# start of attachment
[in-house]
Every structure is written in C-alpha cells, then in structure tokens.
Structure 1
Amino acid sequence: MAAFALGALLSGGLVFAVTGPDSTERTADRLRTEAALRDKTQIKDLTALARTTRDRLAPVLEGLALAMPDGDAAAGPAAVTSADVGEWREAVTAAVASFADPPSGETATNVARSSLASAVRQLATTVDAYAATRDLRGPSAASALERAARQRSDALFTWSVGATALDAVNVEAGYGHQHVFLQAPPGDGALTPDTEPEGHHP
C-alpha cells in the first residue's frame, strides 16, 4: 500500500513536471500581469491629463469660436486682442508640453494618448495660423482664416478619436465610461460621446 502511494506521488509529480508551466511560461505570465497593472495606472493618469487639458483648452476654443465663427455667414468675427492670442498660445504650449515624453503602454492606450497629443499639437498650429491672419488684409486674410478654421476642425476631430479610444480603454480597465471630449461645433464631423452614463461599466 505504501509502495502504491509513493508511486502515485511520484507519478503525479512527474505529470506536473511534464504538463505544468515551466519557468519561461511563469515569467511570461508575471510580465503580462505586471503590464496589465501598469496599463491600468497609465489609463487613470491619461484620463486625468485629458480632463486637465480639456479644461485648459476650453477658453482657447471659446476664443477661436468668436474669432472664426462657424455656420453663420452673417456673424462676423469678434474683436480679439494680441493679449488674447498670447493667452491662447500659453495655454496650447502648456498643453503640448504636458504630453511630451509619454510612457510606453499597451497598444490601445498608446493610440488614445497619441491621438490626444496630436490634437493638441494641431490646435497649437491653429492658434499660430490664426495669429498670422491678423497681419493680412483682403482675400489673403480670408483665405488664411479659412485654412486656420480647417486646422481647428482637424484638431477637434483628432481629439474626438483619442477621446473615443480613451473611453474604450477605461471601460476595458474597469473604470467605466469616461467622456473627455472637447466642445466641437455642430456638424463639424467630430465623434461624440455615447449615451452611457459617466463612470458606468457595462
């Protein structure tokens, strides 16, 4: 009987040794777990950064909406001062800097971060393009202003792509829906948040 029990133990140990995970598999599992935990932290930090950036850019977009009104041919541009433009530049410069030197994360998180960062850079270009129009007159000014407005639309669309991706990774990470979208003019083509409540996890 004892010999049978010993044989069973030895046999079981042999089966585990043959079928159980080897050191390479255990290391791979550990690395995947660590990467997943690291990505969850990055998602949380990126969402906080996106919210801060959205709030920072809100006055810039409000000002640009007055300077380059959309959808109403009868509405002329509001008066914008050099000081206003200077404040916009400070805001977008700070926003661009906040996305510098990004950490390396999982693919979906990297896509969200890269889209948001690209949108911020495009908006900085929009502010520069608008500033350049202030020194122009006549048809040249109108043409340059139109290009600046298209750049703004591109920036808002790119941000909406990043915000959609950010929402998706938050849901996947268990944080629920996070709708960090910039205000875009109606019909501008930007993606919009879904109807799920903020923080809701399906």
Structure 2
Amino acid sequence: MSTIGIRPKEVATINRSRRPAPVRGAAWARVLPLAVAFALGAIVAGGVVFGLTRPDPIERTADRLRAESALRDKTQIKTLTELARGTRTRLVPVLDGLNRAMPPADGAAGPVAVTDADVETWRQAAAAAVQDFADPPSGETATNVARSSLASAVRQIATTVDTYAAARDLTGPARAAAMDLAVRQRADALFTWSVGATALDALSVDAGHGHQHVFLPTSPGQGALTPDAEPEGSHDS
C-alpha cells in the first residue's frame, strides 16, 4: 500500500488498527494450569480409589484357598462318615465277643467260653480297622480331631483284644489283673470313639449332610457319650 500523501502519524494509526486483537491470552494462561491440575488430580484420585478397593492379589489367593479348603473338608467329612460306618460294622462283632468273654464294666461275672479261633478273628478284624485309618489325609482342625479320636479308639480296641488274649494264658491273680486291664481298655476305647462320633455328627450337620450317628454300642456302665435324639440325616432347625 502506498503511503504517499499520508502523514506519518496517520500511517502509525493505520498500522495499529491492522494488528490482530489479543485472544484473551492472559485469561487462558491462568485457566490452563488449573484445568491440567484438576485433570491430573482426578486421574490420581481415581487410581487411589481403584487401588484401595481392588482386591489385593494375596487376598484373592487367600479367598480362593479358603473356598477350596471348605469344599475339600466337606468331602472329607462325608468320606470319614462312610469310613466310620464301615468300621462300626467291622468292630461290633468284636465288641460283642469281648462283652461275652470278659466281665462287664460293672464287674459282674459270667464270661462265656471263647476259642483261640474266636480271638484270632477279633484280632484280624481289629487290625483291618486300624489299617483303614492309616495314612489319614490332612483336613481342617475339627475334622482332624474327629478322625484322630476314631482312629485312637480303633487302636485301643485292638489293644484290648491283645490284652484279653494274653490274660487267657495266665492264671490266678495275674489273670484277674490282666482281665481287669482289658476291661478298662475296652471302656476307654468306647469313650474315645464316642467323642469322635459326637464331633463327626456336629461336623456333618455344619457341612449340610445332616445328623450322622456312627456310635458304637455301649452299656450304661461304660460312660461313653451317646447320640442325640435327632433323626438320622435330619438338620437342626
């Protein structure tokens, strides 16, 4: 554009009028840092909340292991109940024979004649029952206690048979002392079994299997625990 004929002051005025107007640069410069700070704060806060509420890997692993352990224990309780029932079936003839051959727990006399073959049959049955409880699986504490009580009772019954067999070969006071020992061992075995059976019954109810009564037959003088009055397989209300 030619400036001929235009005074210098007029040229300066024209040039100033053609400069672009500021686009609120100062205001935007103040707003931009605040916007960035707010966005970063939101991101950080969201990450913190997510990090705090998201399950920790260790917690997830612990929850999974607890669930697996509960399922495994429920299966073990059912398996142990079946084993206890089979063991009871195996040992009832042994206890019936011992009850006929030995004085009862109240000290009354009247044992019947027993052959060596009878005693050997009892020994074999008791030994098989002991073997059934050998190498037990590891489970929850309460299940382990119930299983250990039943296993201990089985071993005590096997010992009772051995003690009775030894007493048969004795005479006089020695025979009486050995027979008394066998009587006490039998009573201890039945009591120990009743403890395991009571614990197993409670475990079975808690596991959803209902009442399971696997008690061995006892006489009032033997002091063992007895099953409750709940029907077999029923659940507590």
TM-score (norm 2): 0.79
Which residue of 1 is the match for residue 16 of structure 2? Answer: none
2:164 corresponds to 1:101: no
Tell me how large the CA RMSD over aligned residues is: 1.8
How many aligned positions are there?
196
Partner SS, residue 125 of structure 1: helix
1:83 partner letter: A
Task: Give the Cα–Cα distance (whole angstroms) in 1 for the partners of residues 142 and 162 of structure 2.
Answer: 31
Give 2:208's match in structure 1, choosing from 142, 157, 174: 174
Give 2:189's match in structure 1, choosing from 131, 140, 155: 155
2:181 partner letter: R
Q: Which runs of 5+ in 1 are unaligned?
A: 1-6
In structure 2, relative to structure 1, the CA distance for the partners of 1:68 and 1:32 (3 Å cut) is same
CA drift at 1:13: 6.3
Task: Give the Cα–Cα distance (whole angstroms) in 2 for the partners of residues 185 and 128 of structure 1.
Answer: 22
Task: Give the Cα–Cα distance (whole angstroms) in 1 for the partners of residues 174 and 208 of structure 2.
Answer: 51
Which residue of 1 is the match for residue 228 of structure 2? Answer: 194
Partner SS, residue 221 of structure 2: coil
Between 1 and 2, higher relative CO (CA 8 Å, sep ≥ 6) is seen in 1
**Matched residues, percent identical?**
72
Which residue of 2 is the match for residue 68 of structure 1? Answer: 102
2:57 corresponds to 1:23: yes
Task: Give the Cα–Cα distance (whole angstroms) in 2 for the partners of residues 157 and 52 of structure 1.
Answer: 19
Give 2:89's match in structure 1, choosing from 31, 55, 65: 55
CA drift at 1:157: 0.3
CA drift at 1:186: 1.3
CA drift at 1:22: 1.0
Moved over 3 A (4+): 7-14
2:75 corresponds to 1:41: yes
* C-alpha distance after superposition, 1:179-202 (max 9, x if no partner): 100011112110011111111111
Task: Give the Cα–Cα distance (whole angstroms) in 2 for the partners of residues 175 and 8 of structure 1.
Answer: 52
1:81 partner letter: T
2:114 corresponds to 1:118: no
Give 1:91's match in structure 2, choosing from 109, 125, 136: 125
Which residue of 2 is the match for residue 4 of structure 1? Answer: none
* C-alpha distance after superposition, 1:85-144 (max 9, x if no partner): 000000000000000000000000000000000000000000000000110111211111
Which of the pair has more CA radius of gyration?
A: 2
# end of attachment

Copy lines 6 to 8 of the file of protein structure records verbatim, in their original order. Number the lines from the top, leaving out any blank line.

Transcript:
């Protein structure tokens, strides 16, 4: 009987040794777990950064909406001062800097971060393009202003792509829906948040 029990133990140990995970598999599992935990932290930090950036850019977009009104041919541009433009530049410069030197994360998180960062850079270009129009007159000014407005639309669309991706990774990470979208003019083509409540996890 004892010999049978010993044989069973030895046999079981042999089966585990043959079928159980080897050191390479255990290391791979550990690395995947660590990467997943690291990505969850990055998602949380990126969402906080996106919210801060959205709030920072809100006055810039409000000002640009007055300077380059959309959808109403009868509405002329509001008066914008050099000081206003200077404040916009400070805001977008700070926003661009906040996305510098990004950490390396999982693919979906990297896509969200890269889209948001690209949108911020495009908006900085929009502010520069608008500033350049202030020194122009006549048809040249109108043409340059139109290009600046298209750049703004591109920036808002790119941000909406990043915000959609950010929402998706938050849901996947268990944080629920996070709708960090910039205000875009109606019909501008930007993606919009879904109807799920903020923080809701399906």
Structure 2
Amino acid sequence: MSTIGIRPKEVATINRSRRPAPVRGAAWARVLPLAVAFALGAIVAGGVVFGLTRPDPIERTADRLRAESALRDKTQIKTLTELARGTRTRLVPVLDGLNRAMPPADGAAGPVAVTDADVETWRQAAAAAVQDFADPPSGETATNVARSSLASAVRQIATTVDTYAAARDLTGPARAAAMDLAVRQRADALFTWSVGATALDALSVDAGHGHQHVFLPTSPGQGALTPDAEPEGSHDS